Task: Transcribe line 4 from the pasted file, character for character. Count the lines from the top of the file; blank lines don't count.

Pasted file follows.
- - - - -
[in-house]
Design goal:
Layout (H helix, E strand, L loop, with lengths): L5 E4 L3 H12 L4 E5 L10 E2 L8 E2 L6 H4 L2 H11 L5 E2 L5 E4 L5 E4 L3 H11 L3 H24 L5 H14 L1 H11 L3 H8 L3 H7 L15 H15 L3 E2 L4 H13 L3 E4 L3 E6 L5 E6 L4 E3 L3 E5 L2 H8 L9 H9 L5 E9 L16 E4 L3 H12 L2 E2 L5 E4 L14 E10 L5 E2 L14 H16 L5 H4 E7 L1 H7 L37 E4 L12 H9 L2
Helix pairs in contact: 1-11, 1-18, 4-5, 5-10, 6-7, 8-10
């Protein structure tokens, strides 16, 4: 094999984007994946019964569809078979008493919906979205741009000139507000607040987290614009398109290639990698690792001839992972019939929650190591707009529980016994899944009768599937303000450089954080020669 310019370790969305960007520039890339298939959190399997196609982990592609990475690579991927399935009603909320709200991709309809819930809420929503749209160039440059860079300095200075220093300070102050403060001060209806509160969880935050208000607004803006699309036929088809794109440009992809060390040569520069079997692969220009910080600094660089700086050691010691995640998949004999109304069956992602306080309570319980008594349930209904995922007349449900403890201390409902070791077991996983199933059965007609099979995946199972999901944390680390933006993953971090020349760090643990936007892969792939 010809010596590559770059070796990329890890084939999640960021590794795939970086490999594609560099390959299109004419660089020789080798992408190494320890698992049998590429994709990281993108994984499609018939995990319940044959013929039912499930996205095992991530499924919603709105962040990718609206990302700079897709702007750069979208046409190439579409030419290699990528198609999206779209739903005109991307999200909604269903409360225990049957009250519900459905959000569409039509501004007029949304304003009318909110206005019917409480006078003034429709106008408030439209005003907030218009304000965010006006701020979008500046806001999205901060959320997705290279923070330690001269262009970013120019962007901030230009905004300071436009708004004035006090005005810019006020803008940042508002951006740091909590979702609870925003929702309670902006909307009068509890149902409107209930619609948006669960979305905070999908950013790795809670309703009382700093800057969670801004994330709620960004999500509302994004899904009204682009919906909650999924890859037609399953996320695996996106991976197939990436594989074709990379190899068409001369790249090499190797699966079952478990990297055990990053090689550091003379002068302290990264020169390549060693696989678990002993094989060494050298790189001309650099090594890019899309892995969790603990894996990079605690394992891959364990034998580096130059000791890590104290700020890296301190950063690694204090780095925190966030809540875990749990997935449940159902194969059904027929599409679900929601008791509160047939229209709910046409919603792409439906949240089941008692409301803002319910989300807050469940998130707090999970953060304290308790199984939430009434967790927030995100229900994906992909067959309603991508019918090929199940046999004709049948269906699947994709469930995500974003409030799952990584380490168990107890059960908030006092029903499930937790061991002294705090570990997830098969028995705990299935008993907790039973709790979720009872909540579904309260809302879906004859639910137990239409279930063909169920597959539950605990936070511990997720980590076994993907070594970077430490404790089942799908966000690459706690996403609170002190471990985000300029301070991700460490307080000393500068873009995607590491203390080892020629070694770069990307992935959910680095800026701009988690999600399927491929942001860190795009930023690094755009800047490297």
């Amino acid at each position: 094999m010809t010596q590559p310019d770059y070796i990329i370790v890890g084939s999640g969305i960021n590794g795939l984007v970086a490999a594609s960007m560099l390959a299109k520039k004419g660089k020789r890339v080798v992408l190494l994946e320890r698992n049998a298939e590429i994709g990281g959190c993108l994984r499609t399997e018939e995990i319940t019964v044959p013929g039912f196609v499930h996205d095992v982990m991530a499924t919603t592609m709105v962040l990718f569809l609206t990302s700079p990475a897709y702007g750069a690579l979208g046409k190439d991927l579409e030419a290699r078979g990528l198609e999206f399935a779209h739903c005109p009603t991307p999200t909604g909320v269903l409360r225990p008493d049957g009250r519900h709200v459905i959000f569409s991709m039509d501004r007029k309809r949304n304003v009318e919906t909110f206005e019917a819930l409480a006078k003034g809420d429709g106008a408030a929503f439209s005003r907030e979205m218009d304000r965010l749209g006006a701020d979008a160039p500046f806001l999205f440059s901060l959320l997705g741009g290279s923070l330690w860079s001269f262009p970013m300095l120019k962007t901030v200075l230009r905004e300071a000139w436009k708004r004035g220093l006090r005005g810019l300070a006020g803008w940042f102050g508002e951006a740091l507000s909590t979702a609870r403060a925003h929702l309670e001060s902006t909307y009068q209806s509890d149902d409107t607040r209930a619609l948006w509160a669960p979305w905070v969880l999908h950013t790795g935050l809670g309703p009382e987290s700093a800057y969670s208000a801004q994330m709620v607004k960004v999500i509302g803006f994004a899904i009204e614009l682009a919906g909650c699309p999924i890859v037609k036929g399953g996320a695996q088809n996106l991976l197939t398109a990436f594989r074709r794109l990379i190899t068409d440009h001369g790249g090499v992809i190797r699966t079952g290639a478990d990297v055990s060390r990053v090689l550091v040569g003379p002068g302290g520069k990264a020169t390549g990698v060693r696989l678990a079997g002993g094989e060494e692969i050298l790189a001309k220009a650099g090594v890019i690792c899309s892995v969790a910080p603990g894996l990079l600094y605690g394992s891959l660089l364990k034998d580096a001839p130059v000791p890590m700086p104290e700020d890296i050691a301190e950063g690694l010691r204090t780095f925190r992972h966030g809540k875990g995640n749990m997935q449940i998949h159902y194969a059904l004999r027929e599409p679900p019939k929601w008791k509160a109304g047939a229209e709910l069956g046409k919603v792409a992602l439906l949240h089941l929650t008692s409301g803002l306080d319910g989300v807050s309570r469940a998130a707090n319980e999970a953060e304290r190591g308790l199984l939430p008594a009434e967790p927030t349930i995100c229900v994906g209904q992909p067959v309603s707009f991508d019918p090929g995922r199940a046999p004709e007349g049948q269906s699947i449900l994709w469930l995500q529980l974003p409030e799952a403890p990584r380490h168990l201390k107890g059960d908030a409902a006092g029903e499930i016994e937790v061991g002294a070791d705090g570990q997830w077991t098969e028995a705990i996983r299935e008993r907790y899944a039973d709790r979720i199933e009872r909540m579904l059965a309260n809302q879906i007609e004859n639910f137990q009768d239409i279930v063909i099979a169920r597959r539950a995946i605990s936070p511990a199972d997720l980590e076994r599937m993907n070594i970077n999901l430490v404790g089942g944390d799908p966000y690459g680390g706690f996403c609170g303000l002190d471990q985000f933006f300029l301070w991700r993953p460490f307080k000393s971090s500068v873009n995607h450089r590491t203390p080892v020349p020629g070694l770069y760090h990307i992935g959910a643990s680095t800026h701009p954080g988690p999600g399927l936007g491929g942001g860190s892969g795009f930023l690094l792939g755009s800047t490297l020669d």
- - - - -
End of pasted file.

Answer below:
Helix pairs in contact: 1-11, 1-18, 4-5, 5-10, 6-7, 8-10